Race Weekend Central

The Frontstretch 5: Reasons to Check Out an NHRA Race

There are a lot of fans frustrated with NASCAR right now for a number of reasons. From the Chase and the nature of its eliminations to the cars and the aerodynamics… you know the story. This week, we’ll take a break from NASCAR and look at a different form of racing and why race fans of all kinds should check it out if they haven’t… and maybe give it another chance if they have only looked once. That’s right, those guys who race for four seconds at a time and don’t even turn: NHRA drag racing.

1. There’s something for everyone.

Want sheer horsepower? The NHRA’s two top divisions, Top Fuel and Funny Car, commonly called the Nitro classes for the nitromethane fuel they burn through at an incredible rate (mileage is measured in feet per gallon), have that. Both types of car turn a whopping 10,000 horsepower. Compare that with a NASCAR Sprint Cup car’s 750 or so with the tapered spacer. At the Four-Wide Nationals in Charlotte each year, the four nitro cars on track at one time produce more raw horsepower than an entire 43-car Cup field. They don’t look much like the cars you or I drive, though, so if you want something more familiar in the pro divisions, check out Pro Stock and Pro Stock Motorcycle divisions. There are also the souped-up Pro Mods and the Sportsman cars, which include cars a lot like you see on the street. In some divisions, the racecars are street legal cars ranging from compacts to station wagons. Want actual stock car racing? You’ll find it at the drag strip.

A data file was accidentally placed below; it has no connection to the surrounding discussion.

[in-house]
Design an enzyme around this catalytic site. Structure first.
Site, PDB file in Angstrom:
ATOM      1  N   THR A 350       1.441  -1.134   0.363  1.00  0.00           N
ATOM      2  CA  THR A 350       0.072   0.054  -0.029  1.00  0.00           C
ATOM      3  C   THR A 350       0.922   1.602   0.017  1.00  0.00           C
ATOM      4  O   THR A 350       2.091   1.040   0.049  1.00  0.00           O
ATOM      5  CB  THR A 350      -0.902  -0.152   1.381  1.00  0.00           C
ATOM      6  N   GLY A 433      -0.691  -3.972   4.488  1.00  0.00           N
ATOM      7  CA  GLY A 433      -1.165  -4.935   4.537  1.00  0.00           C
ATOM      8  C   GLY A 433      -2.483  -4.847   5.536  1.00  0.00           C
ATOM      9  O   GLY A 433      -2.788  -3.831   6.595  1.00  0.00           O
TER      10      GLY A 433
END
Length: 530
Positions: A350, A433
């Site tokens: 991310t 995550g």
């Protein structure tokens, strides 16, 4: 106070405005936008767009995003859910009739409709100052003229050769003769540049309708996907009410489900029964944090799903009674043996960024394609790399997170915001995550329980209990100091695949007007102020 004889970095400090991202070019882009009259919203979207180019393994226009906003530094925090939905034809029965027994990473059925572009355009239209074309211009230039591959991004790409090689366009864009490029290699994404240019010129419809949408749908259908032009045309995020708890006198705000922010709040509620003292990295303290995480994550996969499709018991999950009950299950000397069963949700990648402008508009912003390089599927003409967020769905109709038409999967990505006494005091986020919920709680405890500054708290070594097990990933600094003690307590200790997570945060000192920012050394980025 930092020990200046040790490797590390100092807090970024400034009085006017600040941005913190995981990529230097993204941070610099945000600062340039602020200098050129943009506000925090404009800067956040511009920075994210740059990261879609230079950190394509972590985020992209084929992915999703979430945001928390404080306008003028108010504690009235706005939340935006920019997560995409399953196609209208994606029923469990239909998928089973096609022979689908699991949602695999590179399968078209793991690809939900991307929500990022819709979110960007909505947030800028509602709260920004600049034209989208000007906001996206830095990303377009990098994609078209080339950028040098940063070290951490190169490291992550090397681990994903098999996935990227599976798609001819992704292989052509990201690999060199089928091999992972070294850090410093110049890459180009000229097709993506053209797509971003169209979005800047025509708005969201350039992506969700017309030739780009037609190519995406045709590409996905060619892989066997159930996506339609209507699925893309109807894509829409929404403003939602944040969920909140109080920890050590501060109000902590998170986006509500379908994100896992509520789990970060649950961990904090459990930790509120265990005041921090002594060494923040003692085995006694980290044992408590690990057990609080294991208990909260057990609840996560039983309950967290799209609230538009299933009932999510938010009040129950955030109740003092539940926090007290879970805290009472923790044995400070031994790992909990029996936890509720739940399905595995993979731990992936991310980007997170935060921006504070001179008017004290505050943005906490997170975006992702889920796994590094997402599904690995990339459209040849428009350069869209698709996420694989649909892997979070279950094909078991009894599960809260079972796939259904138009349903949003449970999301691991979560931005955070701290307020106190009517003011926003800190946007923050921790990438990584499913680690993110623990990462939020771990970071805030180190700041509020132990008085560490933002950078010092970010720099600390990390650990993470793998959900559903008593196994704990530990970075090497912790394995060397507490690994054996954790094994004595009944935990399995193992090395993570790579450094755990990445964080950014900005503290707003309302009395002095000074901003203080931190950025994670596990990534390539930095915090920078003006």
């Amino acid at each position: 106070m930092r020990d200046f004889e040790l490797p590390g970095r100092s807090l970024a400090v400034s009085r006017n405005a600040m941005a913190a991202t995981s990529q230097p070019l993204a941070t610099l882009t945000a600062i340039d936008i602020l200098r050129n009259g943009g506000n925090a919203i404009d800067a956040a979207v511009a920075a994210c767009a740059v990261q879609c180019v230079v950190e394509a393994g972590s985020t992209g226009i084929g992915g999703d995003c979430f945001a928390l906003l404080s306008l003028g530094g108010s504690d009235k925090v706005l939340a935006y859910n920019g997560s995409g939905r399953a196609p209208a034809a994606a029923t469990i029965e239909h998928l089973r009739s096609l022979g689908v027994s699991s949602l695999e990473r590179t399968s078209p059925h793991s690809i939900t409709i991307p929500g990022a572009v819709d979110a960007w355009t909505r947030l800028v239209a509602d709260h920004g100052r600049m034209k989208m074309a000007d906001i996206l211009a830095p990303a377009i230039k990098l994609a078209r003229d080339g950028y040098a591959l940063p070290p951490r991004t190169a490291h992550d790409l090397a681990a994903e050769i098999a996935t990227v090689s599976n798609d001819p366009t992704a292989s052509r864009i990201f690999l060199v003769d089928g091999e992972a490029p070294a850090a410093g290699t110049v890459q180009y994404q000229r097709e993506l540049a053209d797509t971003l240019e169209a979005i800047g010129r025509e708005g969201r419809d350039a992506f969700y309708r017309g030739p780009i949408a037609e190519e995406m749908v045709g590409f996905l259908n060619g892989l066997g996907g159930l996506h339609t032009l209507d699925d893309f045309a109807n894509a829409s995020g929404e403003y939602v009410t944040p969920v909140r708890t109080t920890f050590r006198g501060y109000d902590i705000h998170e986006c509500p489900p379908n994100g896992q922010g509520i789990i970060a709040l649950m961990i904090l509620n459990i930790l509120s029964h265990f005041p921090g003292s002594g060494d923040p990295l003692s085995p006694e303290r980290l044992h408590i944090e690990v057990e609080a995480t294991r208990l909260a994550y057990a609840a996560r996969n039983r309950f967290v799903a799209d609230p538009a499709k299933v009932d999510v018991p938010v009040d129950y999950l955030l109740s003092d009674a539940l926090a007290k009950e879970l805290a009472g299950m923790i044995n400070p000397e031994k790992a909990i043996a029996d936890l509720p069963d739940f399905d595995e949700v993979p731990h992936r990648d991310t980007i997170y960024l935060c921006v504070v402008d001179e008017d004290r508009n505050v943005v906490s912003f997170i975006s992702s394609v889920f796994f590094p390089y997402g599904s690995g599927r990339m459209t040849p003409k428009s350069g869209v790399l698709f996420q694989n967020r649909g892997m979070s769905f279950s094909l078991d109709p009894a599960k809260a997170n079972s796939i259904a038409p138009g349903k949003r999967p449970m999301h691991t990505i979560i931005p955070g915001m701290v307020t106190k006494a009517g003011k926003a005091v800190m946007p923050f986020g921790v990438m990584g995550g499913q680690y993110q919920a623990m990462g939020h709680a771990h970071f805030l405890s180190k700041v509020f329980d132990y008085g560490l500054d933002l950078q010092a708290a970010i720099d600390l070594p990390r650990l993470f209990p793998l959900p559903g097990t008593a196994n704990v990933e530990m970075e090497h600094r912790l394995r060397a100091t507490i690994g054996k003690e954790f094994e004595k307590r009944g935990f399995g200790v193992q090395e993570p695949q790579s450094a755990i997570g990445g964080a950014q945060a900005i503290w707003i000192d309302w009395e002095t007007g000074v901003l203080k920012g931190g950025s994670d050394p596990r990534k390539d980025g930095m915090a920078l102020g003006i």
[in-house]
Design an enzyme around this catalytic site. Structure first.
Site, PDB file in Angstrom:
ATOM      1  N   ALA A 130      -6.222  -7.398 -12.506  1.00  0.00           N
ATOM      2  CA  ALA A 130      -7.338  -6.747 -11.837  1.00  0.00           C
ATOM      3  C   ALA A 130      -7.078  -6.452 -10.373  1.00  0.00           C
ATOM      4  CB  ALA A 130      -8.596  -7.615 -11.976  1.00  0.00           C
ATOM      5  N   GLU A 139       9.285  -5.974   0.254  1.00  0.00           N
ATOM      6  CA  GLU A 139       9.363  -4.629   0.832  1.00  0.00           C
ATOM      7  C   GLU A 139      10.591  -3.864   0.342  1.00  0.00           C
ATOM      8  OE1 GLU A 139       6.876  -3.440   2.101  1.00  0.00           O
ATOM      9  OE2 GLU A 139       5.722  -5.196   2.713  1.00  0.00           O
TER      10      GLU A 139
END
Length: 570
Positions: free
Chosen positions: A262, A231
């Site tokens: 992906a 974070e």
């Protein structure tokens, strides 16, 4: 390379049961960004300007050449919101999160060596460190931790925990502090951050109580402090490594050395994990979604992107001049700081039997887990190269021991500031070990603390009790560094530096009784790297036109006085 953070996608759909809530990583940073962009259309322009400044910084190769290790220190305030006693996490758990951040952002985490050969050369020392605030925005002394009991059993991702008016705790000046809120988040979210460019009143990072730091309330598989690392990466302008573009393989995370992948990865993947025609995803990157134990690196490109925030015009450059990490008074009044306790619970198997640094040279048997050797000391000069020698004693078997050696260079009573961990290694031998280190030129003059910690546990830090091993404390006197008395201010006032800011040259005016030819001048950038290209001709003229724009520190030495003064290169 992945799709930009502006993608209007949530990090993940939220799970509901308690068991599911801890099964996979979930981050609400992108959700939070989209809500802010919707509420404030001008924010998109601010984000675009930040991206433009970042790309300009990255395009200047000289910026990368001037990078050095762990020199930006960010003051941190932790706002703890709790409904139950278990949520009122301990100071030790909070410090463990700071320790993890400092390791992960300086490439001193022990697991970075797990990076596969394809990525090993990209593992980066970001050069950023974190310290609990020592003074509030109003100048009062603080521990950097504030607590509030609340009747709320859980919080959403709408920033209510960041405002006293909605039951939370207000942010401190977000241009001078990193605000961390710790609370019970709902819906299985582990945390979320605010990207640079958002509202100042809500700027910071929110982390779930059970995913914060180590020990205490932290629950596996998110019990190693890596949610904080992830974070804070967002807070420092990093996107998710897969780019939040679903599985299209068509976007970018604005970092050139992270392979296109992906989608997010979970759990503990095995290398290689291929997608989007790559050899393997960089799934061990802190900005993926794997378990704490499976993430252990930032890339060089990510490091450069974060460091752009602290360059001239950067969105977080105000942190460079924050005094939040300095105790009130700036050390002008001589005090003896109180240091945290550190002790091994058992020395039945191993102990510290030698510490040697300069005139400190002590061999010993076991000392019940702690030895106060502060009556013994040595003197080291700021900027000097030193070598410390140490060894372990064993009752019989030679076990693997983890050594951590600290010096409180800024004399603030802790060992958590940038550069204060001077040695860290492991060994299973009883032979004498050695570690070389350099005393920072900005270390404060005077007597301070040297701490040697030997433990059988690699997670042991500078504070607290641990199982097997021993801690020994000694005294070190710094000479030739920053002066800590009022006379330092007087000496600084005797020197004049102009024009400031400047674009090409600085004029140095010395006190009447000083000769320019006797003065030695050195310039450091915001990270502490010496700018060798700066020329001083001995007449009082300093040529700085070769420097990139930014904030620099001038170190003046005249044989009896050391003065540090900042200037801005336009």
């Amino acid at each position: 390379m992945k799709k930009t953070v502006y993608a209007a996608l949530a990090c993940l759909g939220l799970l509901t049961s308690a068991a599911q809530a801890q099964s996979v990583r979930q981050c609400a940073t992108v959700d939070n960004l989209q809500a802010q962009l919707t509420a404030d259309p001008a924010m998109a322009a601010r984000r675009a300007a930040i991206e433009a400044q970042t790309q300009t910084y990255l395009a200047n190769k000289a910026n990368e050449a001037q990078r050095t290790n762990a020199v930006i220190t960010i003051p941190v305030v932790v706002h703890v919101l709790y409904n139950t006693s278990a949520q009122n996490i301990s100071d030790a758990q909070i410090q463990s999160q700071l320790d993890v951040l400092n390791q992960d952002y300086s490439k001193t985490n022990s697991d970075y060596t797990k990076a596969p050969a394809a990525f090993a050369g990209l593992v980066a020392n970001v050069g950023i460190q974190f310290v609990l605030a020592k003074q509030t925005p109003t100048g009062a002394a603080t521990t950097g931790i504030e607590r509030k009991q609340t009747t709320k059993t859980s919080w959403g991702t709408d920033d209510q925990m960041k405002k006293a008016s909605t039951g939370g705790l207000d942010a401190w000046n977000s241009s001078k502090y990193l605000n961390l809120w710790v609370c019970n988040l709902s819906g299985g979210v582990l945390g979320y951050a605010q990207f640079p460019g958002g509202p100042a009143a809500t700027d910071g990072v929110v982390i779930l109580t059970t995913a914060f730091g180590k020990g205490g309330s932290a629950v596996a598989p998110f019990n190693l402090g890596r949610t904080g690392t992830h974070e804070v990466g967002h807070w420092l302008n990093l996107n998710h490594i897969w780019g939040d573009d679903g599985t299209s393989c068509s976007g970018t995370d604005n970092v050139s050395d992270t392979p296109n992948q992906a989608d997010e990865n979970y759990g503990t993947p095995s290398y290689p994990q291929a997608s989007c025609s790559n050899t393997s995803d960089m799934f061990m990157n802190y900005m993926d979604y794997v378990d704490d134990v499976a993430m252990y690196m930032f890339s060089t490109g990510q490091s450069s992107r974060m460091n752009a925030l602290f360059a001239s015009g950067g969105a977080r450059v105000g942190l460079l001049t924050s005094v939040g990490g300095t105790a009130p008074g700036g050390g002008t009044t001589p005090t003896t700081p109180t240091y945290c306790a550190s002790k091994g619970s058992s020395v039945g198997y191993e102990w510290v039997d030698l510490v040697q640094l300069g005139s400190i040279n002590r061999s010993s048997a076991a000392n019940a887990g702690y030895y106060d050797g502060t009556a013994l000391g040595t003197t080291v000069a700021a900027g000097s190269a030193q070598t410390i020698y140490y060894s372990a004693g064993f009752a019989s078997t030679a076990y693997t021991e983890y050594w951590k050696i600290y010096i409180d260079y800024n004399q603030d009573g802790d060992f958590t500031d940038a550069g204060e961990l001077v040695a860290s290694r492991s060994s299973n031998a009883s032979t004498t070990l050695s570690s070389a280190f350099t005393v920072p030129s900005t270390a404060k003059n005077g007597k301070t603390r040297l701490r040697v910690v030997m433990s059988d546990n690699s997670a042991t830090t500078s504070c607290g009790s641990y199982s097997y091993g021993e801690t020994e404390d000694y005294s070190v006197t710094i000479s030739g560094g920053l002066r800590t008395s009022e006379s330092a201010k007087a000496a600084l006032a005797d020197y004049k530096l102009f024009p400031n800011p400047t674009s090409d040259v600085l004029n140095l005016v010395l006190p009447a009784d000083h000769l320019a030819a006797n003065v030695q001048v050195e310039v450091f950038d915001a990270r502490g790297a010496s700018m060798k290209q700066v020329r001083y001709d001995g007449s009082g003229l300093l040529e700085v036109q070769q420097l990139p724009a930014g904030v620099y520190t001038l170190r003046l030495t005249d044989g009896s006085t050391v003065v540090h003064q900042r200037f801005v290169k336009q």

2. One word: accessibility.

In NASCAR, you pretty much have to know someone with a team or sponsor to score hot passes. At an NHRA national event, if you have a ticket, you have the NHRA version of a hot pass. You can walk through what’s pit and garage combined and watch teams work on their cars. The immediate area where teams are working is roped off, but you can easily see what they are doing as they prepare their cars. You can get so close, in fact, that if a team fires off a nitro car’s engine, the exhaust will make you cry. Possibly all day.

And you can not only see the team turn wrenches on your favorite driver’s car. If you are patient and polite, chances are, you will probably meet at least one of the top drivers in the sport. Most willingly come out to chat with fans and sign autographs between rounds. Drivers often spot longtime fans and treat them like old friends. Many will take time to snap a picture or two, or answer a fan’s questions. It’s the way NASCAR was decades ago, but now it sets NHRA apart from just about every racing series.


Think the Cup field coming by the stands at full song is noisy? You ain’t heard nothin’ yet. A pair of nitro cars making a pass is loud enough to border on terrifying. Television doesn’t come close to doing them justice. You don’t just hear nitro cars. You feel nitro cars. They resonate through your body and shake you out of your seat. You don’t just watch these cars. You experience them with every sense. The smell of nitromethane is memorable. You either embrace it, or you don’t. Either way, you cry.

This video is probably the closest you can get to understanding the noise and power of a Top Fuel Dragster without being at the track.

4. Girls getting it done.